Luis Torres is 17, his friend Sergio Espino is only 13, but already the two Mexicans have spent six months incarcerated in Texas for crimes committed on the northern side of the United States-Mexico border. Their detention - in a low-security reform school here in west Texas specializing in the needs of young Hispanic offenders - is part of a get-tough, get-smart approach to juvenile delinquency along the border.
The ``get tough'' portion of the approach means that fewer Mexican juveniles caught in the US shoplifting a bicycle, like Luis, or breaking into a house, like Sergio, are simply being escorted to the middle of the international bridge to return home, as was the long-honored tradition. That tradition only encouraged repeat performances.
The ``get smart'' part of the new policy includes tighter coordination between juvenile specialists on the two sides of the border. Some juvenile agencies on the US side are hiring caseworkers to work in Mexican border cities, and Mexican probation officers are taking under their wings more juveniles whose crimes were committed in the US.
With the population of Mexico's border states burgeoning, and with the temptations of the comparatively wealthy US border cities shining ever brighter for Mexico's unemployed youths, officials from both sides say only increased cooperation will stem juvenile crime. The approach is also being used for abused and abandoned children.
``The time is ripe for this new emphasis,'' says Mario Garza, assistant superintendent of Pyote's West Texas Children's Home, who has long been active in juvenile work on both sides of the Rio Grande.
Juvenile experts in Texas say such programs are reducing the number of repeat juvenile offenders appearing in US courts. With more of them being returned to Mexican authorities, the rate of incarceration has been reduced, saving tax dollars on the US side.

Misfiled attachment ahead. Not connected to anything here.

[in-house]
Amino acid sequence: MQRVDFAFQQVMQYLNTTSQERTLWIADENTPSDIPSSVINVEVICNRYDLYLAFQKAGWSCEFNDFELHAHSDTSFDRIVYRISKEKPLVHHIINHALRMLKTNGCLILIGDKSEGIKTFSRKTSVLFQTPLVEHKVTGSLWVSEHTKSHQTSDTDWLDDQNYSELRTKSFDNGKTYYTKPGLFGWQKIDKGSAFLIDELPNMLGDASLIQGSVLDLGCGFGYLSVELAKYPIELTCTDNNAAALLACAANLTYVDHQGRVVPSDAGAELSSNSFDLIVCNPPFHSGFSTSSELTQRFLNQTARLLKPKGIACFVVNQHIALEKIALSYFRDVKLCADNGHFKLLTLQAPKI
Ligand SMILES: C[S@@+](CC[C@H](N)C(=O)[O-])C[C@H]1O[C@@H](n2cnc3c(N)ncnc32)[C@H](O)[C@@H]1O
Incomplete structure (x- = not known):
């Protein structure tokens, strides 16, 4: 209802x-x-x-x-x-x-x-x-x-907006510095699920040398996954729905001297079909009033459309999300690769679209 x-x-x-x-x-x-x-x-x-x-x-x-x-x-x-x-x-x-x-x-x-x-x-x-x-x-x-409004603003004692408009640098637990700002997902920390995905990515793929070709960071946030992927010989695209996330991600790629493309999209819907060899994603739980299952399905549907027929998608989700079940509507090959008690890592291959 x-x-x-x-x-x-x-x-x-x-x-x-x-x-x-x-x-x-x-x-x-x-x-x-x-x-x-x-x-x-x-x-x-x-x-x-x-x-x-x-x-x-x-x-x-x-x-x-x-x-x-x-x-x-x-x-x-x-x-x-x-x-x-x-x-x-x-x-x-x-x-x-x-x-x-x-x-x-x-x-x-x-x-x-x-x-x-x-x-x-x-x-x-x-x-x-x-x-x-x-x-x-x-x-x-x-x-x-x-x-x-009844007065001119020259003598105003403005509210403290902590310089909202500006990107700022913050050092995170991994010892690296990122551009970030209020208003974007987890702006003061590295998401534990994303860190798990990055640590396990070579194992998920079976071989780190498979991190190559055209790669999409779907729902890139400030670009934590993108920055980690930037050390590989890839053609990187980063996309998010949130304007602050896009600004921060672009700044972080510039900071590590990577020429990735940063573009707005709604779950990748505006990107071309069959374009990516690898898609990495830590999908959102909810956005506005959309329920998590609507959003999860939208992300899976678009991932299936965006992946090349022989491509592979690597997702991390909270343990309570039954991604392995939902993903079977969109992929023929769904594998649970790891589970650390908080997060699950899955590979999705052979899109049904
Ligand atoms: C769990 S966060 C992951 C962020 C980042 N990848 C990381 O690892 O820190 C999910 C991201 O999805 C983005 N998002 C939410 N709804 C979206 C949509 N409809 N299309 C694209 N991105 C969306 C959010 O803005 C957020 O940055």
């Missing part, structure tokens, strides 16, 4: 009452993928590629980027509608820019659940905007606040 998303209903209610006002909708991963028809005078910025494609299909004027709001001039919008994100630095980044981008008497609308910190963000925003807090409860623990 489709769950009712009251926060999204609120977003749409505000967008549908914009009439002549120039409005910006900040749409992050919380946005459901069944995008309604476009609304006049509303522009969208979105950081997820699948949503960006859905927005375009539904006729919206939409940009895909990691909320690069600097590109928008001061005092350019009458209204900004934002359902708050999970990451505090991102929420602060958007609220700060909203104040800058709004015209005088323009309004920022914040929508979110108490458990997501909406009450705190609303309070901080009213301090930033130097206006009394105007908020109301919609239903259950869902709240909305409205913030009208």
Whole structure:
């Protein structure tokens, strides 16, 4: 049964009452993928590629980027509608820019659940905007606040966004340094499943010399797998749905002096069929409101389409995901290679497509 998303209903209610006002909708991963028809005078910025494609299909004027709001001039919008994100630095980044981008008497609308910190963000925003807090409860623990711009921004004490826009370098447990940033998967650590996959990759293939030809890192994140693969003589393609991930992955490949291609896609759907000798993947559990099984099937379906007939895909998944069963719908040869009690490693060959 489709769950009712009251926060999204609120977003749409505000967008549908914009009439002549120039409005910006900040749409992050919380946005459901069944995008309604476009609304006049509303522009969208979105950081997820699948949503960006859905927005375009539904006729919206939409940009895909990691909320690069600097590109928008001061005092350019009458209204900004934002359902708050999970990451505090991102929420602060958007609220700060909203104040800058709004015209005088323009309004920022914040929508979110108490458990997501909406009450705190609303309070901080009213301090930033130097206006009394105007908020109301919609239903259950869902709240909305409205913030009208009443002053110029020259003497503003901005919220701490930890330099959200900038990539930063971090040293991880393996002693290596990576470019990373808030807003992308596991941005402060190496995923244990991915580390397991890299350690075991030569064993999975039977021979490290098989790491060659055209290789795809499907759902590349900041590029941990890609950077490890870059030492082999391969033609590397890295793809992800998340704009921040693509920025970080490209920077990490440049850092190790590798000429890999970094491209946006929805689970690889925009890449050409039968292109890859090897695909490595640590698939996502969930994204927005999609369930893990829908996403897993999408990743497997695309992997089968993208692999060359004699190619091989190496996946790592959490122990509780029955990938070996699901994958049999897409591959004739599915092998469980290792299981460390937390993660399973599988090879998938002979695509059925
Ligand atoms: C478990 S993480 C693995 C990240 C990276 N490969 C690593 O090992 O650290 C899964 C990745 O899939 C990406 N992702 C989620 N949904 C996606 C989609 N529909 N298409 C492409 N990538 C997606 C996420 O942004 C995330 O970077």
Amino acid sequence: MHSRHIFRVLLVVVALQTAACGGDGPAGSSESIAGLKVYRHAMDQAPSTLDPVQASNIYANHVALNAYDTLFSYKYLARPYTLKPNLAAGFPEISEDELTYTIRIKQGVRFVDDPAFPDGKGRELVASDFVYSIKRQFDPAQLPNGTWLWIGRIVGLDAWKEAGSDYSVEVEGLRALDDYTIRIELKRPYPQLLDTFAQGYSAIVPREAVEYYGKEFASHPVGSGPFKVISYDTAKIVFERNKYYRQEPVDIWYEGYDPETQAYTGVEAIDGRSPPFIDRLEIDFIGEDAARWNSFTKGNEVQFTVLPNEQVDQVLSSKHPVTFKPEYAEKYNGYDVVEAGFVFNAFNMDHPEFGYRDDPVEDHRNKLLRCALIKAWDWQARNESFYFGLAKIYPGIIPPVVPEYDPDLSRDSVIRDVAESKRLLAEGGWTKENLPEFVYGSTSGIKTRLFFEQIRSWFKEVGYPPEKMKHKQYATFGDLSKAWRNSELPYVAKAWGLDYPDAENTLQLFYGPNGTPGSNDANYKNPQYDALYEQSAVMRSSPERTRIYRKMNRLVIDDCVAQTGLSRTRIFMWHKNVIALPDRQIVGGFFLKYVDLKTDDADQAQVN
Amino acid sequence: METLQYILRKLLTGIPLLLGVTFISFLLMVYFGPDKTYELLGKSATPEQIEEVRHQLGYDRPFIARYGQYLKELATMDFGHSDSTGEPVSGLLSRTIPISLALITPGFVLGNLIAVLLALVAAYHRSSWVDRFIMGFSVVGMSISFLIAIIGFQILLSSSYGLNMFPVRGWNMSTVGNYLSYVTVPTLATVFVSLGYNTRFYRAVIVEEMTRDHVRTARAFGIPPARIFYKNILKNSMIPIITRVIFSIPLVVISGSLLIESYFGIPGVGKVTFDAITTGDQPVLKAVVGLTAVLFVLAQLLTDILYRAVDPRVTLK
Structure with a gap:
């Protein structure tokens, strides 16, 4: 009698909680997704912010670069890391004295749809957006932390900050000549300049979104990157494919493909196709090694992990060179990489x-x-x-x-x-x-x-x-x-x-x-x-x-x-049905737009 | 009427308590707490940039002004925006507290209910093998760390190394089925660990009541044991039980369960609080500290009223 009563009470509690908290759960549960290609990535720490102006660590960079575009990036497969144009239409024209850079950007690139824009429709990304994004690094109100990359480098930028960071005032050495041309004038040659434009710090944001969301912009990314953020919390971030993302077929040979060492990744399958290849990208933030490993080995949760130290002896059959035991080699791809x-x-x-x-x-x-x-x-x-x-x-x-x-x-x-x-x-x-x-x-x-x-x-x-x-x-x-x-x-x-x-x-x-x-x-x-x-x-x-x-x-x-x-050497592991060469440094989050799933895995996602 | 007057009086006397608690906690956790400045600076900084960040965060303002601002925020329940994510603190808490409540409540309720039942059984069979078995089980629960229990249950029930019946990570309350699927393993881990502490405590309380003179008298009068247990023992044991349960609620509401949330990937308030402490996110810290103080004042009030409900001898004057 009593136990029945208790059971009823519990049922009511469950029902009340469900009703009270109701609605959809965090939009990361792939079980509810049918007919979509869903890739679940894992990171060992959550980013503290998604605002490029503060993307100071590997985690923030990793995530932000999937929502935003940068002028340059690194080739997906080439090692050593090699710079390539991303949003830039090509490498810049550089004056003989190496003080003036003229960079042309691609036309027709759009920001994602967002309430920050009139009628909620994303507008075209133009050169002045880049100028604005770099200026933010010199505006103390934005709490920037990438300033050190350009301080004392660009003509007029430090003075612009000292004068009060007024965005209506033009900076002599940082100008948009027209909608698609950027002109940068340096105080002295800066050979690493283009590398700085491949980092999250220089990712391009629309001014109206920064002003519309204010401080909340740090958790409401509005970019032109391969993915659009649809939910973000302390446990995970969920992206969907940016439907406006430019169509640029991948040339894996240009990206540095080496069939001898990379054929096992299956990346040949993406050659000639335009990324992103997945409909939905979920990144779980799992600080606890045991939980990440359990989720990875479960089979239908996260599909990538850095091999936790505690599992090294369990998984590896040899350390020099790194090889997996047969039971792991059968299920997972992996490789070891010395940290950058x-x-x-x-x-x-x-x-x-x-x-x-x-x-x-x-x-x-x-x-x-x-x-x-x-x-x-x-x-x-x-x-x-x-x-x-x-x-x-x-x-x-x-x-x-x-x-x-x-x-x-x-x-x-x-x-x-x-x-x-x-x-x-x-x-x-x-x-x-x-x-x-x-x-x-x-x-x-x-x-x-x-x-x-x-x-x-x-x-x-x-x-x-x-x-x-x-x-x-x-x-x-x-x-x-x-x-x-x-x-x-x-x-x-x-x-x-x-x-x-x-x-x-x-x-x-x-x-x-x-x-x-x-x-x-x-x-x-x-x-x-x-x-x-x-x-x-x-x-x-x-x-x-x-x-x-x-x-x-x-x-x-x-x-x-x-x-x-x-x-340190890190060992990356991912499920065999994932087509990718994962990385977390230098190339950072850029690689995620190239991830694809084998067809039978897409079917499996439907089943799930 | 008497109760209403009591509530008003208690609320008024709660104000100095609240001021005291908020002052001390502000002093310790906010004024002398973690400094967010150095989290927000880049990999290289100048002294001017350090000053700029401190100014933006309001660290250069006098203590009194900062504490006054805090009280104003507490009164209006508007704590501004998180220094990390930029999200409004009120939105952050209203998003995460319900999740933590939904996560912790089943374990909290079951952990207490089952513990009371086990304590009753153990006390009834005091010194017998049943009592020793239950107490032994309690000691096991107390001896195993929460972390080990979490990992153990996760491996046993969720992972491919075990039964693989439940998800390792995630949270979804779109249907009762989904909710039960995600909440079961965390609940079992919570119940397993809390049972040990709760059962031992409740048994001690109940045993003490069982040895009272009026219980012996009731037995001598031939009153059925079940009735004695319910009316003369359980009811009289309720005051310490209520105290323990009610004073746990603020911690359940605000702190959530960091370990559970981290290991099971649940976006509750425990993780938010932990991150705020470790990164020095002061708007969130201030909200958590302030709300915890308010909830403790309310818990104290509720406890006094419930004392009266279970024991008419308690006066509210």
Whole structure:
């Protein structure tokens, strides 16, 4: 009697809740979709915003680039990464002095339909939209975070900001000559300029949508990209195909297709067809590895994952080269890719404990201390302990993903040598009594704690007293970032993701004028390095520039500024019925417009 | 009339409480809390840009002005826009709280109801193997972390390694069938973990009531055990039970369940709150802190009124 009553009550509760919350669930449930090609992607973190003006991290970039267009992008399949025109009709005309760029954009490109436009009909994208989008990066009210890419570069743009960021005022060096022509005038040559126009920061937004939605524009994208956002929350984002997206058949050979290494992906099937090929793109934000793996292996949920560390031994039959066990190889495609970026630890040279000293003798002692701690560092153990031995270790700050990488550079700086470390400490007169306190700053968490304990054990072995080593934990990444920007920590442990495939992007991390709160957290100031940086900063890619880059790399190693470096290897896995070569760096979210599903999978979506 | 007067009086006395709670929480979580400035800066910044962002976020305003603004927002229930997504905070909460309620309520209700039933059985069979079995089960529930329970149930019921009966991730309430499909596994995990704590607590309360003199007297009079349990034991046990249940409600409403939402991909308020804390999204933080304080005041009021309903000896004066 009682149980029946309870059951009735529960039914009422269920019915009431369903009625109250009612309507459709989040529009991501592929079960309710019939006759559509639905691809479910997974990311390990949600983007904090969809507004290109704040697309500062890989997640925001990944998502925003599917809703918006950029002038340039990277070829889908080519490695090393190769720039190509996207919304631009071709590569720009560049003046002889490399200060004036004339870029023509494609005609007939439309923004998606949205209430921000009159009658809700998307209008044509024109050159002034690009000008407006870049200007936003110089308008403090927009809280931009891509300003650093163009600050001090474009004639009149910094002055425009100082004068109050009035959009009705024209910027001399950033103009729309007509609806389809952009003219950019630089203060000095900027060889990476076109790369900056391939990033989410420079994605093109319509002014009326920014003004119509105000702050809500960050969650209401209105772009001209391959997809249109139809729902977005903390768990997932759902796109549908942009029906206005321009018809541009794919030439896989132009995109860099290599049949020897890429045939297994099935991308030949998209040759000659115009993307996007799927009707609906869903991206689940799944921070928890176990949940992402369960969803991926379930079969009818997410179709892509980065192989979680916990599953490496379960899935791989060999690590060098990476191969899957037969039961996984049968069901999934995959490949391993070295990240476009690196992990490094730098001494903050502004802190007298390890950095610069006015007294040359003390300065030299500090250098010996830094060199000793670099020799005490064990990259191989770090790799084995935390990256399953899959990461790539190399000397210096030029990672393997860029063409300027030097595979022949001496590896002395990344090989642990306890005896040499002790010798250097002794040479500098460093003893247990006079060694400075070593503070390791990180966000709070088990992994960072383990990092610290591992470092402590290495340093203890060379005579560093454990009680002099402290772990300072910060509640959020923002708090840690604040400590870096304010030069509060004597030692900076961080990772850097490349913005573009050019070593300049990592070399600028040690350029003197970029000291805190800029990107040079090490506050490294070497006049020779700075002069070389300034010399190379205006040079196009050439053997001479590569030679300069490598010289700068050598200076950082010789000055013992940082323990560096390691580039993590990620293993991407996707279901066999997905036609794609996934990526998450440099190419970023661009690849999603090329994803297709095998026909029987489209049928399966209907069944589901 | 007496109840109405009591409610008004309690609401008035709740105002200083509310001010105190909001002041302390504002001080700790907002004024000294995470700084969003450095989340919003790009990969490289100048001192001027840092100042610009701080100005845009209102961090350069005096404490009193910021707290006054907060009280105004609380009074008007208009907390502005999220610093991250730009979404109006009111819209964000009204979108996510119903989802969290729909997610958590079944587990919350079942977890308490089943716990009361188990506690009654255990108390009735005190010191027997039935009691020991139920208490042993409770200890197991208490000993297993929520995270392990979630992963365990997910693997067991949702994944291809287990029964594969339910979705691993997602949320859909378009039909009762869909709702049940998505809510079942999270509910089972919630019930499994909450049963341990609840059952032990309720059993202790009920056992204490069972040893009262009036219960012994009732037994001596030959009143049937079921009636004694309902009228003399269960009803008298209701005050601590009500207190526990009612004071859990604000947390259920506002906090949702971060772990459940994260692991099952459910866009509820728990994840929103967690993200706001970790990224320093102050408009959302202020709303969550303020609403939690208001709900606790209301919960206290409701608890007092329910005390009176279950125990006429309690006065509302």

In 1987, for example, Texas spent $116,000 on Border Children Justice programs in four border counties: Cameron (Brownsville), Webb (Laredo), Val Verde, and El Paso. Expenses include salary assistance for Mexicans who conduct home visits to verify that juveniles apprehended in the US have a place to return to, and that probation and other services will be provided.
In addition to handling hundreds of juveniles apprehended for minor infractions, the four programs also placed with Mexican authorities 55 juveniles whose crimes would have normally landed them in Texas juvenile correctional facilities.
One result: an estimated $1.25 million savings in incarceration costs to Texas taxpayers. Also, officials on this side of the border hope that, by receiving assistance in familiar surroundings, more Mexican juveniles will have a better chance of leading productive and law-abiding lives.
``We are looking at the cost-saving aspects [for Texas] of this program, of course,'' says Virginia Saenz, program specialist with the Texas Juvenile Probation Commission. ``But first and foremost we are seeking to provide a more humane and rational solution to the problem of border juvenile crime.''
After reviewing the Texas programs, juvenile-justice officials in San Diego County, Calif., have implemented a similar program, working with juvenile authorities across the border in Tijuana. Texas has also had inquiries about its initiatives from New Mexico and Arizona.
With the success of the Border Children Justice projects, incarcerations of Mexican juveniles in Texas have decreased from a high of 285 in 1985. But after registering only 90 in 1987, such detentions increased to about 150 this year.
``The increase shows in part that the border projects are underfunded and understaffed,'' Mr. Garza says. ``They can't handle all the kids they're getting.'' He expects the increase to go on because families from Mexico's interior continue either to migrate to border cities or to send their children northward, in search of work.
The result, he says, is that ``still too many kids are being locked up for six months for stealing a $12 pair of pants. If they were Americans, it wouldn't be happening.''
Garza says Texas is stepping up efforts to negotiate a smoother process with adjacent Mexican states for returning young offenders. Right now the same rules that determine transfers of jailed adults apply to incarcerated juveniles.
In the meantime, Garza and others at the West Texas Children's Home are developing a program to respond better to both Hispanic-Americans and Mexicans. ``We want the program to be not just bilingual, but bicultural,'' Garza says.
For the Mexican juveniles, textbooks from Mexican schools are used, and a satellite dish picks up programming from Mexican educational television.
There are also classes in computers, social skills, and how to get a job. ``Most of them are receiving the best educational opportunity they'll ever have,'' says school principal Rob Pitts. While acknowledging that many taxpayers bridle at providing foreigners with such services, Mr. Pitts adds that ``we really don't have any other choice. There's not a fence high enough or a river deep enough to hold back that kind of economic need.''